Remember Hood: Outlaws and Legends? Released in 2021, it took the legend of Robin Hood and spun it into a multiplayer action game where teams competed to complete heists. We weren’t particularly enamoured with it, but it at least it tried to do something a little out of the ordinary. Gangs of Sherwood, on the other hand, another multiplayer-focused affair based on the legend of Robin Hood, is much more run-of-the-mill – with only a steampunk setting to try and set it apart.
Developed by Appeal Studios and published by Nacon, Gangs of Sherwood does have a story but you’re not likely to care for it. As you’d expect it finds Robin Hood and his companions facing off against the Sheriff of Nottingham, but it’s conveyed in such an uninteresting and convoluted way that it struggles to really capture your attention or engage you in any way.
Ultimately, the story feels like an afterthought; something to vaguely tie things together as you move from one mission to the next, spread across a range of environments. It’s also all over the place tonally. One minute you’ve got the horror of townsfolk being hanged. The next, you’ve got Robin Hood and his companions engaging in humorous banter.
Considering that this is a multiplayer game at heart, however, those are issues that are fairly easy to overlook. The trouble is, the rest of the package just isn’t good enough to carry it. Four characters are available here – Robin Hood, Maid Marian, Friar Tuck and Little John – and each brings something unique to the table.
Maid Marian, for example, attacks with magnetic blades that she can use to slash at her enemies up close or fling at a distance. With her standard attacks she can build up a number of them that hover around her enemies, before unleashing a special attack that causes them all to move in, causing devastating damage. Little John, on the other hand, attacks with a giant metallic fist. Time your attacks right and you can generate heat, which can then be used to empower a range of special attacks and make short work or enemies.
Depending on who you play as in Gangs of Sherwood, then, you can have a substantially different experience. You’ll still find yourself pushing through environments, ranging from woodland to run-down settlements, searching out collectibles and treasure while facing off against waves of enemies in battle arenas, but you’ll have to alter your approach from one character to the next. You’ll also have an easier time with some characters than others: those of a ranged nature are more able to keep out of harm’s way while defeating most enemies thanks to their basic AI. And that includes bosses, which are equally moronic.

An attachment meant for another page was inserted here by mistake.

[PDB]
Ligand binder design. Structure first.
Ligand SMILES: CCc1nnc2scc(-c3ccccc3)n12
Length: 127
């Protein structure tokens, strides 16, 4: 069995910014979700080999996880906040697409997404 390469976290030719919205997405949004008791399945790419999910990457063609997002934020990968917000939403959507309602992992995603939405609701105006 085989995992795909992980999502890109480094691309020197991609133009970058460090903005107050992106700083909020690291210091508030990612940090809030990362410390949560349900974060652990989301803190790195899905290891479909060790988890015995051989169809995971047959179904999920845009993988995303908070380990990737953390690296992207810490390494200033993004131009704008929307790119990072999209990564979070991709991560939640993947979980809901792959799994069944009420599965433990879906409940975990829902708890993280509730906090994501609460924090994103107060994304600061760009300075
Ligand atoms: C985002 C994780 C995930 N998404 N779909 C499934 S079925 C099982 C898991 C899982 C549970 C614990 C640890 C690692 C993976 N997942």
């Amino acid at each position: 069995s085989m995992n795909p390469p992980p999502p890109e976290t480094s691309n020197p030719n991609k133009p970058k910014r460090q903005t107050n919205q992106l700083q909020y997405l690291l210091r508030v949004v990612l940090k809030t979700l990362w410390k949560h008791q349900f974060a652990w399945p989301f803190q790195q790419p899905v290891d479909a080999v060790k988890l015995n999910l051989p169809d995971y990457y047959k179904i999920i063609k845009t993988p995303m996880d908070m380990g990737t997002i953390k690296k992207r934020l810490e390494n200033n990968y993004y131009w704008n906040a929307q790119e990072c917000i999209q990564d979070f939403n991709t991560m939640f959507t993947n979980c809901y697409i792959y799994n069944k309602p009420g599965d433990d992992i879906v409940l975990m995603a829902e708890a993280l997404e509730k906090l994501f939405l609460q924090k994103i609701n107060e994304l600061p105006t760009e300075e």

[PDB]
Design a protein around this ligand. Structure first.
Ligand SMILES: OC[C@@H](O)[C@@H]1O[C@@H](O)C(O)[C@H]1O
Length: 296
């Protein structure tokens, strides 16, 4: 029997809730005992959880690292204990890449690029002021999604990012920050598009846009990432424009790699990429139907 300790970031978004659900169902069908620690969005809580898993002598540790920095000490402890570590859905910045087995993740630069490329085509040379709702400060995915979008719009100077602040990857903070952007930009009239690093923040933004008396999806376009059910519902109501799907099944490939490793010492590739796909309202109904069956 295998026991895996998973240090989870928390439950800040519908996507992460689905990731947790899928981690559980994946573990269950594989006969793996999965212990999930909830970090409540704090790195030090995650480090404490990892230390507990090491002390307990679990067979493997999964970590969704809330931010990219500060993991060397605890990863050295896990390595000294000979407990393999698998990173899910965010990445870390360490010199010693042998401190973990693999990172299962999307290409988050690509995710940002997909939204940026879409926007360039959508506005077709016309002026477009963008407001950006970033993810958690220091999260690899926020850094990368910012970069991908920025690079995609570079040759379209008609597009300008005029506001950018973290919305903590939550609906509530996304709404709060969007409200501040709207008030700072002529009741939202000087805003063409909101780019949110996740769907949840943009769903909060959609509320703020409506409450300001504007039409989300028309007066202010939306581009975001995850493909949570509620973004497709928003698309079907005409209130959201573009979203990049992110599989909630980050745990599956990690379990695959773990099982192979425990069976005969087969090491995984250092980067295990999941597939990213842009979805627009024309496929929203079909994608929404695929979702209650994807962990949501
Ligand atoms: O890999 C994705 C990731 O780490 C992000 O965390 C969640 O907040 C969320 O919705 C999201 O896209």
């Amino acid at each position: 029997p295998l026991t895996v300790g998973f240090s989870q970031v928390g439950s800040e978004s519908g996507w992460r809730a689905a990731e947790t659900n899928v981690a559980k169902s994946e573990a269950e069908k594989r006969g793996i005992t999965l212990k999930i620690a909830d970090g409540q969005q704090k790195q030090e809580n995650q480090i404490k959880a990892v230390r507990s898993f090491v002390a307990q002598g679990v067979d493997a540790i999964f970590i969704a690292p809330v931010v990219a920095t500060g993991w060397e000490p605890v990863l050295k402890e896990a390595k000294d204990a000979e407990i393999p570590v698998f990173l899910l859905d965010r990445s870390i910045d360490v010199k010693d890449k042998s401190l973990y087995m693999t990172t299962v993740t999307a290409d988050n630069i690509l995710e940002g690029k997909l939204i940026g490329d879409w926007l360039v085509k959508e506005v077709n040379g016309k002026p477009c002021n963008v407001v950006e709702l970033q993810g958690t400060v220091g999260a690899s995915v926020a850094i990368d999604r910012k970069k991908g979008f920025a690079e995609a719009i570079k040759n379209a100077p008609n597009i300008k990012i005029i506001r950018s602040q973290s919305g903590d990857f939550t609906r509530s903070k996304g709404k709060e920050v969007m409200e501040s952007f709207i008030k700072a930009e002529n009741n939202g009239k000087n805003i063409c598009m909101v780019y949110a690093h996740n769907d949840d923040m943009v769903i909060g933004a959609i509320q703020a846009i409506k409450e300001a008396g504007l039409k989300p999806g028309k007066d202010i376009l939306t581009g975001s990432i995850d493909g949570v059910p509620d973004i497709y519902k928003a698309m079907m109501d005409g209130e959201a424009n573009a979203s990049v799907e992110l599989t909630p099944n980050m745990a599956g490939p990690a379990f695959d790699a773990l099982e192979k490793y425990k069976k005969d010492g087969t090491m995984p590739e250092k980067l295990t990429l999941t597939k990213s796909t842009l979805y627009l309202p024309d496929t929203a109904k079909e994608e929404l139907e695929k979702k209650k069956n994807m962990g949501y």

The combat in Gangs of Sherwood is generally fun enough to start with, though while you can unlock new moves and gain access to additional Rebel Abilities further down the line, it soon gets pretty repetitive and tiresome.
The sheer roughness of the game starts to wear you down, too. You encounter NPCs out on missions that seem like they have something important to tell you, exclamation marks at the side of their names drawing your attention. Talk to them and more often than not they’ve nothing of any consequence to convey. They also don’t have voice acting or facial animation. The same goes for story scenes; while some characters have been bestowed some lip syncing, others are left to perform seemingly via ventriloquism.
Pick up Gangs of Sherwood and you might get a few hours of entertainment out of it, especially if you play it with friends. Ultimately, though, this is a mediocre action game with a litany of issues ranging from unbalanced characters to sub-par presentation. For that reason it’s difficult to recommend, even if you’re intrigued by its visually fresh take on the legend of Robin Hood. Though to be honest, this doesn’t feel like a Robin Hood game at all. There’s little stealing from the rich to give to the poor here. And aside from Friar Tuck, his band of merry men doesn’t really seem all that merry.